The archeological record for sea mammal hunting really ramps up 1,500 years ago and we see with sites with lots of sea mammal remains … And these sites tend to follow what seems to be happening today. That animals are occupying the far western end and lesser populations as we move to the east. However, there’s been major biogeographical changes. Archeological records are dominated by Guadalupes. Modern records are dominated by northern elephant seals. Northern elephant seals are rarely found in archeological records. Guadalupes are abundant in archeological records, rare today in California.
This can create this hauling out on new landforms, can create major management problems, a new population of California sea lions occupying these new landforms that have never been occupied before, in just 12 months cause massive destruction of archeological sites. 1,700 formal artifacts in just this one location being pushed off into these new locations as populations expand.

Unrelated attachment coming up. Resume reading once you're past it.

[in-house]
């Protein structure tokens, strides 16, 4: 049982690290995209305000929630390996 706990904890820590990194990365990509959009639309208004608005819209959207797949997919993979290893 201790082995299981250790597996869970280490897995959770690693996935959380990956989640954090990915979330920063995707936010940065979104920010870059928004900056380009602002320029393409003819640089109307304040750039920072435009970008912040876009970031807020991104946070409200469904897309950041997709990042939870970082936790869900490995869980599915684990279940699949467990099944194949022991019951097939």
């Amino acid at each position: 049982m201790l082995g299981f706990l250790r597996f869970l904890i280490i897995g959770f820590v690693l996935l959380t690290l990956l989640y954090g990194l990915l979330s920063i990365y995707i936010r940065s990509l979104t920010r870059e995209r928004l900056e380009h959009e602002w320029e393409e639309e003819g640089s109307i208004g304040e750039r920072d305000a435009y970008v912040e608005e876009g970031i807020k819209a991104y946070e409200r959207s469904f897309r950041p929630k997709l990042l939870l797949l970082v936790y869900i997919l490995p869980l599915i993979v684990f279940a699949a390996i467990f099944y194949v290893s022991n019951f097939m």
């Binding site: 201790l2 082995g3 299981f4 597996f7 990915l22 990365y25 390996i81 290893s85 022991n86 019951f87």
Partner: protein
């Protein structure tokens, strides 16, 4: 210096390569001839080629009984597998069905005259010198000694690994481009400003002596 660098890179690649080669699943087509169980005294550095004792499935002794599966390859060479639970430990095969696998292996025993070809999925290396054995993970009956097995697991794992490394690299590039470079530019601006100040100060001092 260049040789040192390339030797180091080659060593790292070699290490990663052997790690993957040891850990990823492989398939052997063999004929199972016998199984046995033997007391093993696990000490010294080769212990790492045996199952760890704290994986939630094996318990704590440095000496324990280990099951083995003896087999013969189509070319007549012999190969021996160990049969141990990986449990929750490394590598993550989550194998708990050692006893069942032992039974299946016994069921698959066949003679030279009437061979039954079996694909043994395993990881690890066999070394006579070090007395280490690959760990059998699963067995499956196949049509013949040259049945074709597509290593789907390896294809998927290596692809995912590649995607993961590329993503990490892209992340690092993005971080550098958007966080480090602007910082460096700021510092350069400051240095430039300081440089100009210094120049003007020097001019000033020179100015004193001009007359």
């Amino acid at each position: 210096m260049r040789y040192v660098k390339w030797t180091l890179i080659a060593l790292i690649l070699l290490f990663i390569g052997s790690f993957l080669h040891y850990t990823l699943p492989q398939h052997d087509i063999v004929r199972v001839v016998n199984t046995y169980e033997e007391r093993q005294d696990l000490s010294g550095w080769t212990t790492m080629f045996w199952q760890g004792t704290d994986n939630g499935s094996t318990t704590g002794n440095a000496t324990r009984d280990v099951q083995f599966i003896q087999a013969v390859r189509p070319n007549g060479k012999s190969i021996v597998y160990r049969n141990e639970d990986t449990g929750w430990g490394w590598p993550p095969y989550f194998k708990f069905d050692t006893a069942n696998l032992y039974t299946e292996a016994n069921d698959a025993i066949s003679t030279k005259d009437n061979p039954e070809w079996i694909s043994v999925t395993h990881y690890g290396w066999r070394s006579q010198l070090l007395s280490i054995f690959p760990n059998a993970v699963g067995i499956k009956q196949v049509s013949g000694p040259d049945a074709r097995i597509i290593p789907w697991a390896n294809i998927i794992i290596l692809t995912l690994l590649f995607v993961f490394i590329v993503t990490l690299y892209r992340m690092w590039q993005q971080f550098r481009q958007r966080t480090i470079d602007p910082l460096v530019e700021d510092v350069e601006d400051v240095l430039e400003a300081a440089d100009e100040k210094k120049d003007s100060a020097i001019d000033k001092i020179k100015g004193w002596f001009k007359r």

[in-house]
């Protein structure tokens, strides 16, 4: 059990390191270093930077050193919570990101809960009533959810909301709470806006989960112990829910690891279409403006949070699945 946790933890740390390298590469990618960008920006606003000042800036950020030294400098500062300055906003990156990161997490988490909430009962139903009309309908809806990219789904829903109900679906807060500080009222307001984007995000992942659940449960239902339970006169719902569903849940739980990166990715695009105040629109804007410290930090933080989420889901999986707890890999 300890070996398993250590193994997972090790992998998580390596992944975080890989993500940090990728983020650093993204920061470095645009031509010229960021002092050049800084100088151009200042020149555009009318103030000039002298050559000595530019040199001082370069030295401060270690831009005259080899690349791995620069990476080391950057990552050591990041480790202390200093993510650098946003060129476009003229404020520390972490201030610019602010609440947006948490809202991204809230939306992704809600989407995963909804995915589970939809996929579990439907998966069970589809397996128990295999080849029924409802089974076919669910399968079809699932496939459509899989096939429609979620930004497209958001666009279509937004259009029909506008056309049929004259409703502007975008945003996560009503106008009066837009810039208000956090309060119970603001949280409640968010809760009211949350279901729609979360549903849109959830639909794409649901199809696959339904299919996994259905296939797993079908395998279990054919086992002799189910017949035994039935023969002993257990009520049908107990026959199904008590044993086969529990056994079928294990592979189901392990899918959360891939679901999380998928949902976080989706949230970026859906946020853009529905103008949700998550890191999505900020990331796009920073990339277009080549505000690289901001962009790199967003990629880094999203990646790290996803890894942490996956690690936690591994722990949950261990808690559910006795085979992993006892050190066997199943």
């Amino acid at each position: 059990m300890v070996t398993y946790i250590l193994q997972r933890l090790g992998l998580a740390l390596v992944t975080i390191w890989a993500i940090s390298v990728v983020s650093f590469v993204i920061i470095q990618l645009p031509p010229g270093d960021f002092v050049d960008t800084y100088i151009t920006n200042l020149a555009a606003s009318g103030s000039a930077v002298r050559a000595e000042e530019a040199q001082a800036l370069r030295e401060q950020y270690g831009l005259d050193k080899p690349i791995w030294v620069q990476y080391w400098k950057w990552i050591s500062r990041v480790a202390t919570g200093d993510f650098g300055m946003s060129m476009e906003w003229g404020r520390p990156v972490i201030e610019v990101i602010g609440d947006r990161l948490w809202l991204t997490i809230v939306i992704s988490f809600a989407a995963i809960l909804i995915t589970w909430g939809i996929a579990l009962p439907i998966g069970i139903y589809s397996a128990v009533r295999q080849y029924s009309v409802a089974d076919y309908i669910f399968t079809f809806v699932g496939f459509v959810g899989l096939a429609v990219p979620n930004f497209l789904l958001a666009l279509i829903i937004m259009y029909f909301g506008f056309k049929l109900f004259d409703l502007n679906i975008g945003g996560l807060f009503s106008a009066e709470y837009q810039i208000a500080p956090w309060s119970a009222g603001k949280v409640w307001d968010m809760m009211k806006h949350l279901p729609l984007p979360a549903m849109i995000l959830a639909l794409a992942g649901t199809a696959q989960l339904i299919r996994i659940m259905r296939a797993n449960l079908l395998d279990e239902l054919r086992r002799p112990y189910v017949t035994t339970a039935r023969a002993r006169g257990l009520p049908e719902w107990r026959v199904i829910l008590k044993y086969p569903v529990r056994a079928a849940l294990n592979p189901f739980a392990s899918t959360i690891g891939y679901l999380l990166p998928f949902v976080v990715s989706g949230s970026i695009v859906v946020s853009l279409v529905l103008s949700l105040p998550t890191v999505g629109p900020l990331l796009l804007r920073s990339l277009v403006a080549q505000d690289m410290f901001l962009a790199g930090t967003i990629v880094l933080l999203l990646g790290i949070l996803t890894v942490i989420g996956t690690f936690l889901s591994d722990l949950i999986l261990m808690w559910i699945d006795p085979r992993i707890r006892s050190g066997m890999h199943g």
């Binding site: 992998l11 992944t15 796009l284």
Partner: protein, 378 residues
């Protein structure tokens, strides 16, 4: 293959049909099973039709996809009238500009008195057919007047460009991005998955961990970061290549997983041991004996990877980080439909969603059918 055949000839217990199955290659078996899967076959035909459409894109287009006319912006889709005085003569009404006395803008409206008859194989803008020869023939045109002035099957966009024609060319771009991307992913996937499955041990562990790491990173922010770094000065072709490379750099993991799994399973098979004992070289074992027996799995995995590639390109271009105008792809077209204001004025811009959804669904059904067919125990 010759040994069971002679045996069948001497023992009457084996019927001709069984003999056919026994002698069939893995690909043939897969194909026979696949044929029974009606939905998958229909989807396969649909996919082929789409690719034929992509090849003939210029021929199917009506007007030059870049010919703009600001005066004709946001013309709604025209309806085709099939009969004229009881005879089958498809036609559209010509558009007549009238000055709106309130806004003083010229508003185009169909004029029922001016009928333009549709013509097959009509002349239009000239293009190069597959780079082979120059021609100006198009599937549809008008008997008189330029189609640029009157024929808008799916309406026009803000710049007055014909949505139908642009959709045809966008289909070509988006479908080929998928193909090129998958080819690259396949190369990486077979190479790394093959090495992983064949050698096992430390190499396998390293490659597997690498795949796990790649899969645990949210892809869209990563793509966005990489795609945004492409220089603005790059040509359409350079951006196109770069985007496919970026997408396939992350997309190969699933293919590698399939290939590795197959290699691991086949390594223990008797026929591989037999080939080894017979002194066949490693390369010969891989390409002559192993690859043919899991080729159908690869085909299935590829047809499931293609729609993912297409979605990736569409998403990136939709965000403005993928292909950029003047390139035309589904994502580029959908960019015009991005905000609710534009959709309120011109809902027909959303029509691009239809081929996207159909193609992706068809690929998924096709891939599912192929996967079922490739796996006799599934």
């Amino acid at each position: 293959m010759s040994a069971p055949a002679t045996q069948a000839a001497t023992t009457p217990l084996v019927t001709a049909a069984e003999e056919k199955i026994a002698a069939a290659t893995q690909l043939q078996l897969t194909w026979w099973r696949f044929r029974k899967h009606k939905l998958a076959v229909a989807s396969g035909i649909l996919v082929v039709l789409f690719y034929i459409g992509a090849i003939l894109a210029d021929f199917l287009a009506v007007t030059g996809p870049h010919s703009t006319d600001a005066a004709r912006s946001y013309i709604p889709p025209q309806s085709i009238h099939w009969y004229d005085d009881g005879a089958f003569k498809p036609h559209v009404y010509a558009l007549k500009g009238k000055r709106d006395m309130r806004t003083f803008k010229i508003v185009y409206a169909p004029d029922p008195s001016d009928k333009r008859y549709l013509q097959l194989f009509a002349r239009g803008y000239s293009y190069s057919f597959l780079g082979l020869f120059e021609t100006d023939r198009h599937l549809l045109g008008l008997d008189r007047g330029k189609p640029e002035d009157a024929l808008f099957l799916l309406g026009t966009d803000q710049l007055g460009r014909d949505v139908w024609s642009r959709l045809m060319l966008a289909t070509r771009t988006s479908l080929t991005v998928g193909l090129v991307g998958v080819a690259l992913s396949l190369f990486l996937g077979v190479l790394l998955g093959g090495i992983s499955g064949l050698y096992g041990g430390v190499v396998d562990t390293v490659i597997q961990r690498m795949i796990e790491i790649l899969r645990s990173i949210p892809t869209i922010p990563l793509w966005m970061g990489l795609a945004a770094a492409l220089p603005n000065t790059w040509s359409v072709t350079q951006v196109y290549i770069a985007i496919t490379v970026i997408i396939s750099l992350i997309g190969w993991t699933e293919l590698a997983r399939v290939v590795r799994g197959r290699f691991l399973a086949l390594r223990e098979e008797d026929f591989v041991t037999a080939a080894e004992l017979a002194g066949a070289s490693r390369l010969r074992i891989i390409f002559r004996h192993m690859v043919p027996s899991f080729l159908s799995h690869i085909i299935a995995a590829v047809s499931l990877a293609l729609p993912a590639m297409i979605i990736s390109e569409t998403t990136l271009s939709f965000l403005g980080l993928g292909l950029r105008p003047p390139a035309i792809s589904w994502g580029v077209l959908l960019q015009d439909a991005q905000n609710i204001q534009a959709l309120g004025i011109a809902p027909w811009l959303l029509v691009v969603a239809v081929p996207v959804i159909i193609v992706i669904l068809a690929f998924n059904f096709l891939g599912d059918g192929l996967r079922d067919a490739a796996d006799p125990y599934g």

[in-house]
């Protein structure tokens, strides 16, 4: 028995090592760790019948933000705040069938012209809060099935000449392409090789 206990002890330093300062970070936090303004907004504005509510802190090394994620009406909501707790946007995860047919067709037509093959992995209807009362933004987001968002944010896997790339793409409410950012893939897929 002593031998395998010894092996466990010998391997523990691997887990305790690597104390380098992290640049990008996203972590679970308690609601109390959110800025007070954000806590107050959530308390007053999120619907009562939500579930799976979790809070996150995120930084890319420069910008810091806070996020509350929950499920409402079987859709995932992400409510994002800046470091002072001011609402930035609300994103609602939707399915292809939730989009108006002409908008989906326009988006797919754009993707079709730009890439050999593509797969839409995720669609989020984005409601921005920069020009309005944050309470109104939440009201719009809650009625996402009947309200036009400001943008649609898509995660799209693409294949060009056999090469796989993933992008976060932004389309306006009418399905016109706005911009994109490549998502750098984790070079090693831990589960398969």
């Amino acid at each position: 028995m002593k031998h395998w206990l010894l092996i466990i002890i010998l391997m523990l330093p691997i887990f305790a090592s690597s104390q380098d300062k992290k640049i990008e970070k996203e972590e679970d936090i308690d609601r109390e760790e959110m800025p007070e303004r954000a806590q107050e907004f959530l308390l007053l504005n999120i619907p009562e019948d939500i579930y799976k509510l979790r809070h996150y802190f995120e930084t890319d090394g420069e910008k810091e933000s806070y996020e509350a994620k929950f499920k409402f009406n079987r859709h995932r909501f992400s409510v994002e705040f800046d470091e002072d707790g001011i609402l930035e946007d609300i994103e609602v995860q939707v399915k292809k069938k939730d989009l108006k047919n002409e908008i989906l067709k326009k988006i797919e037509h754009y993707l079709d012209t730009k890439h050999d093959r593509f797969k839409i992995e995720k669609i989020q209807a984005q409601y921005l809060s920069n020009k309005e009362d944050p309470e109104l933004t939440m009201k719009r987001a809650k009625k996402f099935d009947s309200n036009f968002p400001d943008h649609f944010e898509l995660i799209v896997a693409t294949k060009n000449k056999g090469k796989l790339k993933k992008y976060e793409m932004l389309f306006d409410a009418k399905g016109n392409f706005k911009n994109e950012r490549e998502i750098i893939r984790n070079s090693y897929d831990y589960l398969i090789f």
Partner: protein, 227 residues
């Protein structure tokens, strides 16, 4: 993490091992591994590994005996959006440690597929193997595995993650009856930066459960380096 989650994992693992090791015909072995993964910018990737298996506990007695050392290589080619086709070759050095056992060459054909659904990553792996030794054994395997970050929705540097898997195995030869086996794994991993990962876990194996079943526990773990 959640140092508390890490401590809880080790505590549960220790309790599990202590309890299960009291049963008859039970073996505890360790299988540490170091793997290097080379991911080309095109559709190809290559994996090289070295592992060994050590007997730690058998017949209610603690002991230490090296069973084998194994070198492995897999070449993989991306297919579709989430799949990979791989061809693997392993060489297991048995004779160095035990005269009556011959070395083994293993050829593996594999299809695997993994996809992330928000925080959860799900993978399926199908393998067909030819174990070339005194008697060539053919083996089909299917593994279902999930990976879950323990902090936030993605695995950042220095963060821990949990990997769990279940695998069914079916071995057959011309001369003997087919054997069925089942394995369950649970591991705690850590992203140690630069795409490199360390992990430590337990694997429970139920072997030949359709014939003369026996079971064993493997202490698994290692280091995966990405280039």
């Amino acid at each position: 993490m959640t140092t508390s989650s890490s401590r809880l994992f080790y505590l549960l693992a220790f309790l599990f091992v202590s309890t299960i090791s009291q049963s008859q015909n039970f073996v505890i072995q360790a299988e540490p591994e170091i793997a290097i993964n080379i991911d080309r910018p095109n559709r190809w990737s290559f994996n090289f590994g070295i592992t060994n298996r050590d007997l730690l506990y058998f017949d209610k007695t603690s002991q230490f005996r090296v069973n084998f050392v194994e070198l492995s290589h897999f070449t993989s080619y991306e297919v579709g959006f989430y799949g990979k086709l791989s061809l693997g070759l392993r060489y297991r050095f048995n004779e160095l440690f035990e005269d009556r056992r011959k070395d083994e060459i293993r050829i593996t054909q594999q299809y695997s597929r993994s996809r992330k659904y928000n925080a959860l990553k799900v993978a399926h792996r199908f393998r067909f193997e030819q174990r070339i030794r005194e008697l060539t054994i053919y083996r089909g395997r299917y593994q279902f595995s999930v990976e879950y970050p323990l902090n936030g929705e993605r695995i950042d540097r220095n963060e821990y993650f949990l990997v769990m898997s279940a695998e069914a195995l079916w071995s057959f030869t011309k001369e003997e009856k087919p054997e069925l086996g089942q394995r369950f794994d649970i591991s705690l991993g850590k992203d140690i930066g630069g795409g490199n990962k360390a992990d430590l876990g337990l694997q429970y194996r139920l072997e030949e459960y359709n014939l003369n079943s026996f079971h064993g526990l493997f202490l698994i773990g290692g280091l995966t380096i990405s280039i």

And then finally, dune building. Dune building is a natural activity that’s been going on pre-human during the Pliocene on the Channel Islands and continues today on the channel islands. But dunes can be viewed as MCLs because human activities like occupying these dunes, and stabilizes those dune faces helps build these dune sheets. And then human burning destabilizes. So you have this sort of human activity promoting stabilization and destabilization processes, creating this sort of dune-like environment for the islands.

All right, thank you.